Richard “Dick” Seaman was a young Englishman, in love with motor racing and with substantial family wealth behind him to support his enthusiasms. His mother had even given him a country house for his 20th birthday! Dick Seaman started racing in 1934 with an MG K3 Magnette and won his third race, the voiturette category support race for the Swiss Grand Prix at Bern. After another two years of outstanding success in ever-faster machinery, Seaman was noticed by Alfred Neubauer, the team manager of Mercedes-Benz, and was invited to race for them in 1937.
In this rare prewar color photograph (The ASA speed of color film was then 8!) Dick Seaman is driving a Mercedes W154 at the 1938 Swiss Grand Prix where he set the fastest time in practice and then in the race, probably following team orders, ran second to his team leader Rudolf Caracciola. This race was just a month after Seaman had stunned the racing world by winning the German Grand Prix on the challenging Nürburgring circuit. At this point Seaman was the fastest of all the Grand Prix drivers. However, his then enthusiasm for Germany and some of the policies of Hitler, plus his marriage to Erica Popp whose father was the head of BMW, began to raise some questions in Britain.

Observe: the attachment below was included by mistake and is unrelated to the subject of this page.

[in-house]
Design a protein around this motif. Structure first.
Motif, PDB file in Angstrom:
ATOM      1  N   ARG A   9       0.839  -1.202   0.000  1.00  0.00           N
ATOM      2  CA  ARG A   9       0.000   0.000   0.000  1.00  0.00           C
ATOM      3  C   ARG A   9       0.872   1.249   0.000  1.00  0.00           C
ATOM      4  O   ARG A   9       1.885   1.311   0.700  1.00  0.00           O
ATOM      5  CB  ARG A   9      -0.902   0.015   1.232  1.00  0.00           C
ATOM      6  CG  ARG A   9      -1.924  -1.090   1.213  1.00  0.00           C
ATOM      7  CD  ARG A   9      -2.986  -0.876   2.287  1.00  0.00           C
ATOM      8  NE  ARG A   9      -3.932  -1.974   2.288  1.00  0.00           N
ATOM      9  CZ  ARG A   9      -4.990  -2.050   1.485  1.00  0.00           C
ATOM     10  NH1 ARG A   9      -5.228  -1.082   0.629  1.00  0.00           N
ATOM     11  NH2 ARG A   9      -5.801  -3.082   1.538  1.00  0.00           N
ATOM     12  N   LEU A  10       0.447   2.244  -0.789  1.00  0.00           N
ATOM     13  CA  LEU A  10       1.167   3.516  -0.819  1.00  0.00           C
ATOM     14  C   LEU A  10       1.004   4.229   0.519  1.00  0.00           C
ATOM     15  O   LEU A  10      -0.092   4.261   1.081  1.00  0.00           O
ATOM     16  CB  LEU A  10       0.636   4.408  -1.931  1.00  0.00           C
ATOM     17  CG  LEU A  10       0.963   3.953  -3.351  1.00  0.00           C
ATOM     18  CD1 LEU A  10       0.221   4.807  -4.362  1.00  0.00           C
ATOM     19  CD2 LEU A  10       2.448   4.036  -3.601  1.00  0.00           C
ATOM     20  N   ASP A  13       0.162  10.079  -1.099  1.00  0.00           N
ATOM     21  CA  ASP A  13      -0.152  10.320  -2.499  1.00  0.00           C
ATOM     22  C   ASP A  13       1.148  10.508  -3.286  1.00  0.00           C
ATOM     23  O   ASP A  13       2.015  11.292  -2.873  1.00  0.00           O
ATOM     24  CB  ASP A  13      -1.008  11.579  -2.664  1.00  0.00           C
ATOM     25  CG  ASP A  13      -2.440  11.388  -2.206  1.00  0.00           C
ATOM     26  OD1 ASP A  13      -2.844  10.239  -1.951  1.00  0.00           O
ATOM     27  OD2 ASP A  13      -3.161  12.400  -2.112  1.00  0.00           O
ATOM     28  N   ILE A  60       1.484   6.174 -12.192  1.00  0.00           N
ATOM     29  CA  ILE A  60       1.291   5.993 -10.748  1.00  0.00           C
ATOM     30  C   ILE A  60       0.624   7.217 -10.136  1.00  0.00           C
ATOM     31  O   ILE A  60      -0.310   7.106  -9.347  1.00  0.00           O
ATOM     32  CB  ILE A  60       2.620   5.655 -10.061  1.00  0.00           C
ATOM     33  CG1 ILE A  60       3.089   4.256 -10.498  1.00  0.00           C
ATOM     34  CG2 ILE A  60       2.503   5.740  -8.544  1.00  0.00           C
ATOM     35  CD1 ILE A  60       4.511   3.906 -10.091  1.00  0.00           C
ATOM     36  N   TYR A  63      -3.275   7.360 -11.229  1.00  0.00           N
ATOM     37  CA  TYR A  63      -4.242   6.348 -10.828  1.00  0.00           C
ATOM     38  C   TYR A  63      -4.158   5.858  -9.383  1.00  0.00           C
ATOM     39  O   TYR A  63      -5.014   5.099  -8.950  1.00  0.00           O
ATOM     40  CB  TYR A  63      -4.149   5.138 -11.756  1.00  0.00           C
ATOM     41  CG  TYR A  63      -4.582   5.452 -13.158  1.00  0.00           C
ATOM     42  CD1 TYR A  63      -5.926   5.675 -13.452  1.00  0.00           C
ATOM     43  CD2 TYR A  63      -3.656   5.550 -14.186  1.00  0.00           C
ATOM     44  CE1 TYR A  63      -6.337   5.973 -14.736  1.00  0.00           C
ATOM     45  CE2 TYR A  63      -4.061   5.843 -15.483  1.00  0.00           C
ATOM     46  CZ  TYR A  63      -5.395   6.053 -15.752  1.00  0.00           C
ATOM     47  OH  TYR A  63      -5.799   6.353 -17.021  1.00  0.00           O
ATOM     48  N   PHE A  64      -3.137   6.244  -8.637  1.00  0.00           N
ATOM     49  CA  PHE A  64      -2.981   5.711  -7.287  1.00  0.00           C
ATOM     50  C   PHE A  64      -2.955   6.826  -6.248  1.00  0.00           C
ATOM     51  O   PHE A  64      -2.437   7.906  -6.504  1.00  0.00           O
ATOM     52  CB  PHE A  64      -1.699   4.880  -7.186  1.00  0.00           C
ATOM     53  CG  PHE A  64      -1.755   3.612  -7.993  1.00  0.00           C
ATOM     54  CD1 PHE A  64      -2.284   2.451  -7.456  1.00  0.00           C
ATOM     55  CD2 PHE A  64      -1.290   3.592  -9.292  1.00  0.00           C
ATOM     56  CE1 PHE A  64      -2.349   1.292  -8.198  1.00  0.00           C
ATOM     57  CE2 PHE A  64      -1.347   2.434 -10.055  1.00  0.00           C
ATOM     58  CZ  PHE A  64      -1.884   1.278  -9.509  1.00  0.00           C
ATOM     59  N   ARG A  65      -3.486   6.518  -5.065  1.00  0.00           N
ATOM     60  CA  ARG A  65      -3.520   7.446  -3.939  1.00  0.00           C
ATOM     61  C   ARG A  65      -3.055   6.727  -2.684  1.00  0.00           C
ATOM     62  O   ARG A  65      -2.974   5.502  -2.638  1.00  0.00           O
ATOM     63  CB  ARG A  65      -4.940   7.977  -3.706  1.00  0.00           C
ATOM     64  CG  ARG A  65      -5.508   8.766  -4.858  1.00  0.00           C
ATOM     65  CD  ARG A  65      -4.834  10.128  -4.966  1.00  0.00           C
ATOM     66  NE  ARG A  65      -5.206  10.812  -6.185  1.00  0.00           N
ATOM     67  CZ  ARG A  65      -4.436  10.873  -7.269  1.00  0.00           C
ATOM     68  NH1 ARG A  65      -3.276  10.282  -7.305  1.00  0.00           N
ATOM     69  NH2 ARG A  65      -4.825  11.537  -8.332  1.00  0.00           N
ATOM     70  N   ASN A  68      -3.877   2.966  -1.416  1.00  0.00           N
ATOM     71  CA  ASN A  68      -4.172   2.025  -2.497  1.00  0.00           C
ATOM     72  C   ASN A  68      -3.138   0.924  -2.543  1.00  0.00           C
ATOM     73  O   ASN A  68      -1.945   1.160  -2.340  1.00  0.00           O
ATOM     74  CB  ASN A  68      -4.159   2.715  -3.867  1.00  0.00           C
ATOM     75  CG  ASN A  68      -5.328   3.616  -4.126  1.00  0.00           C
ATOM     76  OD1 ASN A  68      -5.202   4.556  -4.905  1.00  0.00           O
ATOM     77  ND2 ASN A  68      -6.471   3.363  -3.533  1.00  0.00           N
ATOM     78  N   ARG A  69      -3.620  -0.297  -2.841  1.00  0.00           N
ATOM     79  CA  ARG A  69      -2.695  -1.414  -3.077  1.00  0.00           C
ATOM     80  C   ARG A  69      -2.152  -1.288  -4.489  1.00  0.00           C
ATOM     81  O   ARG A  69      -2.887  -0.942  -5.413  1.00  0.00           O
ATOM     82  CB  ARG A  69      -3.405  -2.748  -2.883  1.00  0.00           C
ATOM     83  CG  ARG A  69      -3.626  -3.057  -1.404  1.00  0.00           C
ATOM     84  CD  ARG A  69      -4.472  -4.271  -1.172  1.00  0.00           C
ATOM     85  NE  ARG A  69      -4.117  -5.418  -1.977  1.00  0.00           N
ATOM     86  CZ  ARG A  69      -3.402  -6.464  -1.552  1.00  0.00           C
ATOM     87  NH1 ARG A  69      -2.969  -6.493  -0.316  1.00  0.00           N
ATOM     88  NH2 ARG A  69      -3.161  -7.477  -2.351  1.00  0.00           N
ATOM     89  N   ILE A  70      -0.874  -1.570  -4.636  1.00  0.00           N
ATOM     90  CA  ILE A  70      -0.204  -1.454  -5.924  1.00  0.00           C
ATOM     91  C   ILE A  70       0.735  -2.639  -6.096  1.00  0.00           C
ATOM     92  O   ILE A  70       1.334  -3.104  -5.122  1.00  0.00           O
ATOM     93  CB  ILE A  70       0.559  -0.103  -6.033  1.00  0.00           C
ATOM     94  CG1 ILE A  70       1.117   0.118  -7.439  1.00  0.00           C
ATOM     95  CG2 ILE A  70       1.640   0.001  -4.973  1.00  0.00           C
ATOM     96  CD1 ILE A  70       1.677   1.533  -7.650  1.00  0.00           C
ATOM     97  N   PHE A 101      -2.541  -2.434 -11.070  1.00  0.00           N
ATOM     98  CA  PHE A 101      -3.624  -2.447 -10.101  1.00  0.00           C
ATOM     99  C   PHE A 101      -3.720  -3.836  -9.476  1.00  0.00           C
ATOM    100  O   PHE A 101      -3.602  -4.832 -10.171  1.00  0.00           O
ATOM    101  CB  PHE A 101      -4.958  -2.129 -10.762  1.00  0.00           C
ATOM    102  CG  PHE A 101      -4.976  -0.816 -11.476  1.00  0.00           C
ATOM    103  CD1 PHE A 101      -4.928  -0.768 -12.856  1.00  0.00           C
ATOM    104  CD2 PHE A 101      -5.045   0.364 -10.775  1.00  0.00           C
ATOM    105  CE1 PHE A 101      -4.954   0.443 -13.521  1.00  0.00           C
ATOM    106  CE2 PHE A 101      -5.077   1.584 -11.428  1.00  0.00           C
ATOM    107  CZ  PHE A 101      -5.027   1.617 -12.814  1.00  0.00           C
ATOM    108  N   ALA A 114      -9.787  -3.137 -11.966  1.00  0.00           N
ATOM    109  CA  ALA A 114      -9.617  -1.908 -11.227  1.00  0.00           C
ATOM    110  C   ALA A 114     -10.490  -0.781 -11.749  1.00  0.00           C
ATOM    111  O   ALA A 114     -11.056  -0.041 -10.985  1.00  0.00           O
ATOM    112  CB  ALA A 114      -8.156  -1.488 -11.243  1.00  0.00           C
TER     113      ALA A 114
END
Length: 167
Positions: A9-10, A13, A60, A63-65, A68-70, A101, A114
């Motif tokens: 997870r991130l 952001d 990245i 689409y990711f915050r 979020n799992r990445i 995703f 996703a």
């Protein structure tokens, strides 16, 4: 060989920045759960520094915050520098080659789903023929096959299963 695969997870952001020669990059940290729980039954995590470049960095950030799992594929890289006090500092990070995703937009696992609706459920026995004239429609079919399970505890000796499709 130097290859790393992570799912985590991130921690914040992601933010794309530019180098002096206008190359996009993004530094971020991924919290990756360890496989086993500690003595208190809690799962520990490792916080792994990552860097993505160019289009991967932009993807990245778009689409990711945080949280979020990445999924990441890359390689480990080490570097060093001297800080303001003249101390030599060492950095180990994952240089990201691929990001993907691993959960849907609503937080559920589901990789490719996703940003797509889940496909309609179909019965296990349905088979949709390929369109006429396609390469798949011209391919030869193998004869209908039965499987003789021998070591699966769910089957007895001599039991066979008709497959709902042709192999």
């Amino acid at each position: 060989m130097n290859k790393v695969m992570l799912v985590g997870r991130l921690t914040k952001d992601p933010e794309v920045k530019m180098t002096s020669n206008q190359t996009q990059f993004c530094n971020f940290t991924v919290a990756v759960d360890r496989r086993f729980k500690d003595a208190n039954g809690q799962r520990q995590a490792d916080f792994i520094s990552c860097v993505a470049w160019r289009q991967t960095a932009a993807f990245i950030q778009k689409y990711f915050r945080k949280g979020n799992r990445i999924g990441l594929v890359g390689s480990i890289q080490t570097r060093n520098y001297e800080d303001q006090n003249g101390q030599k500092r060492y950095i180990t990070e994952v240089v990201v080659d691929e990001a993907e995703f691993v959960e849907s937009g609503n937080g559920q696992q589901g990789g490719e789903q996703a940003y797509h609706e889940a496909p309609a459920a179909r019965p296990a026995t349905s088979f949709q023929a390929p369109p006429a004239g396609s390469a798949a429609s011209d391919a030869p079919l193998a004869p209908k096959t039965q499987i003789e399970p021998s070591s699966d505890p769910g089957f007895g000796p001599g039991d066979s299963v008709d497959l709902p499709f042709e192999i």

On June 25, 1939 Seaman was leading the Belgian Grand Prix with his Mercedes on the ultra-fast circuit at Spa-Francorchamps in wet conditions when he made a small mistake, slid off the road and crashed into a tree, rupturing a fuel pipe. Seaman, knocked unconscious, was very badly burned in the resulting fire. Although he would come round later in time to tell his shocked wife, “I am afraid you must go to the cinema alone after all,” he was in great pain and died during the night. He was buried in Putney Vale Cemetery in London where each year thereafter a large wreath of flowers has been left by Mercedes-Benz on the anniversary of his death.
There is a superb book about Dick Seaman, “Dick & George: The Seaman Monkhouse Letters 1936-1939” by Doug Nye (Palawan Press, 2002) which is well worth reading.
Photo by Louis Klemantaski ©The Klemantaski Collection